Lets start with the evidence. The Australian Bureau of Statistics have in recent years begun to collate information on the number of bedrooms on properties as well as the standard population statistics concerning the number of residents per dwelling. What we know is- not only that we are experiencing an increase in house size, largely fuelled by a flourishing of bedrooms, but we have also seen a drop in the number of people per house hold. To put that big statistical story into perspective, 40% of all bedrooms designed into these new homes are not actually used as bedrooms. Studies perhaps, spare rooms for the in-laws maybe, craft rooms, spiritual retreats, media centres possibly, but they are not used for the nightly activities usually associated with bedrooms. These extra rooms are also squashed between the side and back fences, leaving a residual strip of landscape. A ribbon of pebbles, pavers and strappy leaved, space saving, architecturally astute rows of plants that offer nothing more than a reminder of just how close we are to our neighbours (spatially not emotionally).

Residual landscape spaces no longer used for gardening are left to fill with trinkets from the mega mall.

These residual landscapes are not big enough to grow a tree that, one day, might offer shade from the 40 degree celsius (100 in the old scale) afternoon sun. Nor are they square enough to host a lawn, or possessing vege garden worth investing in. Society sometimes seems to tell us that we don’t need these backyard spaces, we no longer ‘go outdoors’ – this shift really reflects a parenting shortfall rather than a cultural phenomenon.

Worse still the environmental impact of too much pavement, hot tiled rooves, and the loss of nature’s bio-filters – we call them trees – is significant from an economic, social as well as environmental perspective. Finally the market fundamentals used to argue for houses with surplus bedrooms and asserted that this was a financially astute decision for the home owner.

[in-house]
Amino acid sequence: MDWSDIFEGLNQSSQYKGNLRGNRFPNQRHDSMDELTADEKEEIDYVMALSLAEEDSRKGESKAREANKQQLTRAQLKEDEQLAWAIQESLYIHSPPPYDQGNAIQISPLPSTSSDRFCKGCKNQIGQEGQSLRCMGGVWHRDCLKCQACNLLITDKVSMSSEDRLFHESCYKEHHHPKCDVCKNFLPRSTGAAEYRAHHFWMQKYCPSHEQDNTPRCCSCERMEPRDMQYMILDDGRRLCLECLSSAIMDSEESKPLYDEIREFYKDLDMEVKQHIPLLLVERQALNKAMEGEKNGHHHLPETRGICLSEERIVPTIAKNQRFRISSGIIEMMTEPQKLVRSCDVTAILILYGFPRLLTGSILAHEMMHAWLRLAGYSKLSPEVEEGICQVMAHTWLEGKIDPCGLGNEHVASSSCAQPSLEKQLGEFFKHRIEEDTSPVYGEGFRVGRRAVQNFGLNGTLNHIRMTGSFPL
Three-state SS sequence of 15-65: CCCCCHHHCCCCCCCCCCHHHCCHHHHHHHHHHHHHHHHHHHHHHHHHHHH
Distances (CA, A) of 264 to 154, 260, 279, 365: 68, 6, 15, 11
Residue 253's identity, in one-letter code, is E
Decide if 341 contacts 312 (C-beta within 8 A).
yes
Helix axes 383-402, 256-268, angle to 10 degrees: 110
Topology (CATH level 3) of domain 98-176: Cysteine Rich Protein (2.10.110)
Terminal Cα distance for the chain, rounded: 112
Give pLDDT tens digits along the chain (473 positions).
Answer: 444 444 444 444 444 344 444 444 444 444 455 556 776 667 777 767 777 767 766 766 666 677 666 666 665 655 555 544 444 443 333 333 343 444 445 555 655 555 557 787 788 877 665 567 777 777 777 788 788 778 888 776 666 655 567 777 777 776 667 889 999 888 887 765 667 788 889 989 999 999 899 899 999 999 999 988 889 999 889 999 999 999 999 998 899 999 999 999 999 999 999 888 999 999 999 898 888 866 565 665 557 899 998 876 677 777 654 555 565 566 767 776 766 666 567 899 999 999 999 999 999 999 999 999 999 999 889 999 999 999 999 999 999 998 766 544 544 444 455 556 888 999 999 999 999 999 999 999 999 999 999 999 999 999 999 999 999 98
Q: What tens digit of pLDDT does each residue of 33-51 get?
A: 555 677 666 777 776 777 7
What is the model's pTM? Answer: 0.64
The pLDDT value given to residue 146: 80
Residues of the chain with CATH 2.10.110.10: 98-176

Recent evidence suggests this is also coming to a grizzly end. Recovering the cost (both environmental and financial) of building unused bedrooms, far from snaring a tidy profit, is becoming harder as the market for six bedroom homes dries up. That said, this argument was always dubious as the fiscal advice was more akin to share trading; you buy now and sell some time into the future.

None of that investment advice included the operational cost of heating and cooling, the cost of maintenance and renovation were not factored in. The laws of supply and demand provide two elegantly simple explanations as to why there are now too many bedrooms in Australia – the first is that there are not enough families with enough kids to fill them.

Secondly is that if the logic of building unused rooms was for the purpose of investing in brick and mortar, then the market forgot that those families least likely to be able to afford these houses are those with enough kids to fill those rooms. Ergo those who are most likely to be able to afford a six bedroom don’t need them. Something went wrong there. A bit like the sub-prime led crash in the US, we are experiencing a surplus bedroom led collapse of the housing market.

Fortunately, we are only seeing the rise in vacant bedrooms not the wholesale retreat of entire neighbourhoods. Perhaps it serves as a canary in the coal mine and we should take notice.